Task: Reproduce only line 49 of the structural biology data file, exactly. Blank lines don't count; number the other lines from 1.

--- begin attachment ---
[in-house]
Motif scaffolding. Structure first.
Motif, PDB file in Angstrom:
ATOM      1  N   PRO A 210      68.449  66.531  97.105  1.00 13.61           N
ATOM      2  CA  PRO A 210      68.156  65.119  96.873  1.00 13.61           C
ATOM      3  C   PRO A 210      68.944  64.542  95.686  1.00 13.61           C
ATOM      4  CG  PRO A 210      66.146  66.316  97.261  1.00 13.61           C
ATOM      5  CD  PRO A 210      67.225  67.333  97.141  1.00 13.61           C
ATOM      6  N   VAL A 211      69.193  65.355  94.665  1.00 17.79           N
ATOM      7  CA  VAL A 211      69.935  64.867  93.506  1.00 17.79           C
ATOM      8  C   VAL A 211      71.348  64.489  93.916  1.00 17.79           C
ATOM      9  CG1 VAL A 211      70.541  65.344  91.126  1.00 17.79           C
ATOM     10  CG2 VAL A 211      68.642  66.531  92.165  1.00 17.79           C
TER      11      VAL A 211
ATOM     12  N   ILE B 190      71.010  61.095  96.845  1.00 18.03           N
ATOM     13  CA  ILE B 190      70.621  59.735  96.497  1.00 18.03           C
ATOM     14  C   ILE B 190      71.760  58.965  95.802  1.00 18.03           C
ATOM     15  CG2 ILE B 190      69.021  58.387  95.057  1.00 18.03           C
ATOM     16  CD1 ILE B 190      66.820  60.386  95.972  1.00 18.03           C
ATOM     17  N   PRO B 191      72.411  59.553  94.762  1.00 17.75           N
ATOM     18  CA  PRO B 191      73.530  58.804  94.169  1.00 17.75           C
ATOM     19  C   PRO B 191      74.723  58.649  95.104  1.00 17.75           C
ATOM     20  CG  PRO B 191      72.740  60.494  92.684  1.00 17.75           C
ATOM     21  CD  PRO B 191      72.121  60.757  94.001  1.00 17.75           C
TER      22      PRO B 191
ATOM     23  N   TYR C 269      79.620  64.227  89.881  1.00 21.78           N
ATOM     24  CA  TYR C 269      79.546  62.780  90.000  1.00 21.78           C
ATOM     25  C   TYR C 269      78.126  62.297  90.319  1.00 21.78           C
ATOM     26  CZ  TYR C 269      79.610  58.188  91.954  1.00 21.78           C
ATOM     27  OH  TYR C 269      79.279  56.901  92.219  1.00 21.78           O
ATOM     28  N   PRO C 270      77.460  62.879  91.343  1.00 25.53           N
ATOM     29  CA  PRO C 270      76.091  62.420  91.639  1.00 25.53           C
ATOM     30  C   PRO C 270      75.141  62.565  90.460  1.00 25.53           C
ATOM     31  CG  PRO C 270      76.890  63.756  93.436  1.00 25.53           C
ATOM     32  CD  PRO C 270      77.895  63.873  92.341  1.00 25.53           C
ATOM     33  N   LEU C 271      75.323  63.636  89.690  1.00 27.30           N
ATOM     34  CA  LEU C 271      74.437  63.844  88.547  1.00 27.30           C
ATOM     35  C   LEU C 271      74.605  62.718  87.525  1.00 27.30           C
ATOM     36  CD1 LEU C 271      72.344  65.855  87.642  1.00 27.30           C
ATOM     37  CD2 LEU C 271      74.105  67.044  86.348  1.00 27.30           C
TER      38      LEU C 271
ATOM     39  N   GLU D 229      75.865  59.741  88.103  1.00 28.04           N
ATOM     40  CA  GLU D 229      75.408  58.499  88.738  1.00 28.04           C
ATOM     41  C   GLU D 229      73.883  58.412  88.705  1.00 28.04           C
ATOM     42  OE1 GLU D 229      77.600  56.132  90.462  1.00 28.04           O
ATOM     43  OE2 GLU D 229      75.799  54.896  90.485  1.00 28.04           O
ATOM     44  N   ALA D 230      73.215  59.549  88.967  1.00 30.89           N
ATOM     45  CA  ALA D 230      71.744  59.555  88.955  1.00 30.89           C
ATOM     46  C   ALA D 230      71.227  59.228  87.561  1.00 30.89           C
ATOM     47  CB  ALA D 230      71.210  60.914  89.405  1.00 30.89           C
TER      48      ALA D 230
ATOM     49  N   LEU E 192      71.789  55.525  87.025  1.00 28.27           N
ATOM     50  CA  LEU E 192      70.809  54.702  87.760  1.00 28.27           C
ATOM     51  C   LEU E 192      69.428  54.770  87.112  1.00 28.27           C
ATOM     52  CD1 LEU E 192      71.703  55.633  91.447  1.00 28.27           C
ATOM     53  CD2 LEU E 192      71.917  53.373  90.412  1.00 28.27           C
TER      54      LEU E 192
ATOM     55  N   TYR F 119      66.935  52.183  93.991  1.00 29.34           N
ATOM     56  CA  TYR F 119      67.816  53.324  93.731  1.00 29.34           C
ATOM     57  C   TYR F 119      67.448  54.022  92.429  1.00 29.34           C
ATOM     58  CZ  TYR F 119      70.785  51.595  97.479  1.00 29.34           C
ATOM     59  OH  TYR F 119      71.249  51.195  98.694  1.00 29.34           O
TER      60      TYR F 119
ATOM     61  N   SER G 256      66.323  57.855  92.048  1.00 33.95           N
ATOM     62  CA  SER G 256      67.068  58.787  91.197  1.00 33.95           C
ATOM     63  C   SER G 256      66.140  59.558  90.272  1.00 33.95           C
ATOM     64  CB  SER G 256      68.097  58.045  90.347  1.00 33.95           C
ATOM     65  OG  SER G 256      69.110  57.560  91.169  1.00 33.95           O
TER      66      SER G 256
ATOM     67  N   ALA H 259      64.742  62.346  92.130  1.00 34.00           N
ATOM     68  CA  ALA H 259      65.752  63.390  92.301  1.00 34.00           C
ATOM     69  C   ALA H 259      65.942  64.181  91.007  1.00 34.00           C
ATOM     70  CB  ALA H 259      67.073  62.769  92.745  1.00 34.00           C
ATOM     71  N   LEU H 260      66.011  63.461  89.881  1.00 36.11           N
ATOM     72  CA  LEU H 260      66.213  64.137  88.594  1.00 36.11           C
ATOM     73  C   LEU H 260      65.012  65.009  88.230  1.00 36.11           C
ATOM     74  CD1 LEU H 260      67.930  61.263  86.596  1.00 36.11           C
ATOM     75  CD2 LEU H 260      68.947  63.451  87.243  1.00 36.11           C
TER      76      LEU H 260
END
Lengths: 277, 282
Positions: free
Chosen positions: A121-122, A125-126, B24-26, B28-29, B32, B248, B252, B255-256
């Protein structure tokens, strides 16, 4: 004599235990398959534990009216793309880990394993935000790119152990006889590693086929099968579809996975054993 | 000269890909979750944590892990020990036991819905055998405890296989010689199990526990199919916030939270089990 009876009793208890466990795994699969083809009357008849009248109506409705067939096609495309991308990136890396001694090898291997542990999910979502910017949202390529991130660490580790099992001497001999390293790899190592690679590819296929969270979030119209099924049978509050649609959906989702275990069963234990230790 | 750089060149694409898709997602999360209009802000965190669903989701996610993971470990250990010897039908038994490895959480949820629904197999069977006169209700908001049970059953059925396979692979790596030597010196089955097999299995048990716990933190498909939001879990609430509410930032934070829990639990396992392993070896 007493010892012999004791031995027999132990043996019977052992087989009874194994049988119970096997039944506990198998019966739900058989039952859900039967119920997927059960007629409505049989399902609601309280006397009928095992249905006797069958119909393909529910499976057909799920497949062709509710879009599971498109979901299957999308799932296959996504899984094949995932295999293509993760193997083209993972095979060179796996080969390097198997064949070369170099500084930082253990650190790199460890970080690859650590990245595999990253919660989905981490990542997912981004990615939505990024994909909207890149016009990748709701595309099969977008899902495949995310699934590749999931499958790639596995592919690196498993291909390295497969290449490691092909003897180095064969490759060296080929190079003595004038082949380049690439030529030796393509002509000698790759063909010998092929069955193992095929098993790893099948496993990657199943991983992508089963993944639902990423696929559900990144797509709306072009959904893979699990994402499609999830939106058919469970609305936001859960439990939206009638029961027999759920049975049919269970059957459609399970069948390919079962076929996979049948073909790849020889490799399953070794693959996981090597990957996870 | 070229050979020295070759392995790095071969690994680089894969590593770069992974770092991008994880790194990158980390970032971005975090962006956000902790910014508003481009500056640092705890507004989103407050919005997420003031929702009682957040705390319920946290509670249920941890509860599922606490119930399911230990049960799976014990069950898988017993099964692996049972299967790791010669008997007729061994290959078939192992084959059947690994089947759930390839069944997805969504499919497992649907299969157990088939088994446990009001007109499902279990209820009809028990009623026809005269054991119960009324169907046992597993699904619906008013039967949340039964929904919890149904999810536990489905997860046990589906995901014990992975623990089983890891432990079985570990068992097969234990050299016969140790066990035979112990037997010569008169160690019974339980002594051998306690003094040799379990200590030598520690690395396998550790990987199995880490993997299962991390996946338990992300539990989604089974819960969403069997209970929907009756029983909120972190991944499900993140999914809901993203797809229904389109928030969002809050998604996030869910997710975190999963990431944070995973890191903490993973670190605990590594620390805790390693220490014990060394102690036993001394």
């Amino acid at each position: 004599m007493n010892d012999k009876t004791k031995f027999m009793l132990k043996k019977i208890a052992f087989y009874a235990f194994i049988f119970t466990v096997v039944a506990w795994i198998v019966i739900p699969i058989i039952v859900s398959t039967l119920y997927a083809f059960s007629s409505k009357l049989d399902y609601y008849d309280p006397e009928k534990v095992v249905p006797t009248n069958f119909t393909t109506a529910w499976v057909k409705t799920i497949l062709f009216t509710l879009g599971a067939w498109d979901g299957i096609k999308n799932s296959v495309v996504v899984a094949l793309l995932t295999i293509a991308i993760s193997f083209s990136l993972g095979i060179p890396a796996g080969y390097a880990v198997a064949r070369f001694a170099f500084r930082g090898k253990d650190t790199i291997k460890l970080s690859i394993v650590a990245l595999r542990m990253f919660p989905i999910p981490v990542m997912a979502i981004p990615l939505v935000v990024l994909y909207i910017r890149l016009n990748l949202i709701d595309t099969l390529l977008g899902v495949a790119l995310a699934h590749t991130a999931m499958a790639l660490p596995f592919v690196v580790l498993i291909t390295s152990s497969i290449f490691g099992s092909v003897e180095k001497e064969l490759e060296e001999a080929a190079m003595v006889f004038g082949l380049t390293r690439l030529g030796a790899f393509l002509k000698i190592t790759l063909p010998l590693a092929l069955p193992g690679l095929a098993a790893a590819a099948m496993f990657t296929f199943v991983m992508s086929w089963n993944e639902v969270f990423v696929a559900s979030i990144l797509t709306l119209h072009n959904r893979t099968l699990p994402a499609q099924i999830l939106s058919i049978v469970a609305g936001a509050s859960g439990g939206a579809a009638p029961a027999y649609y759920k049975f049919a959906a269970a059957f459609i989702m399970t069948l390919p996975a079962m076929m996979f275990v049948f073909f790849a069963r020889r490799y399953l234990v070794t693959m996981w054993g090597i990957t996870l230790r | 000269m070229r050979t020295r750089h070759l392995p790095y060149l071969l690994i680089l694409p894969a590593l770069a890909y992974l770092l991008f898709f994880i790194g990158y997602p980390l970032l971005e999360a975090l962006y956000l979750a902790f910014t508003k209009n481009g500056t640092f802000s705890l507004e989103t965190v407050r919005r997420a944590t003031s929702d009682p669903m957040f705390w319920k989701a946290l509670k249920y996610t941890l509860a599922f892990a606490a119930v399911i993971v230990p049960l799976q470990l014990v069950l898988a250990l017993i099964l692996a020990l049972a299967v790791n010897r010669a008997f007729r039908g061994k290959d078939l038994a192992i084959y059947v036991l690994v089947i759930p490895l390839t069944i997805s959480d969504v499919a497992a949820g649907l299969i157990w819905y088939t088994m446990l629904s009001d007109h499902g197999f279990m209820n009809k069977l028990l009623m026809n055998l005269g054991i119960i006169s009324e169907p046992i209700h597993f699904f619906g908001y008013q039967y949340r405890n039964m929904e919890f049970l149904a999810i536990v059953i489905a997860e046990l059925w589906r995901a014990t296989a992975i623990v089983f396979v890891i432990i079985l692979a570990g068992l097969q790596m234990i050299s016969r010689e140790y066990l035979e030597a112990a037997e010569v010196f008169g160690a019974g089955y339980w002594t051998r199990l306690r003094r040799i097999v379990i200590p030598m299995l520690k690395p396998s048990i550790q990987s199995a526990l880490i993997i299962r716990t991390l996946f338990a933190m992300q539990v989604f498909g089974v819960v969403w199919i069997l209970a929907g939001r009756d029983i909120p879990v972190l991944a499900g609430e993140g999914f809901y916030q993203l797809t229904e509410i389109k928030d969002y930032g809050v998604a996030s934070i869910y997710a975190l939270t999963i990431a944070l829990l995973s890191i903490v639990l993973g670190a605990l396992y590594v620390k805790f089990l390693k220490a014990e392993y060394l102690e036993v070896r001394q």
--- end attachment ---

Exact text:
ATOM     46  C   ALA D 230      71.227  59.228  87.561  1.00 30.89           C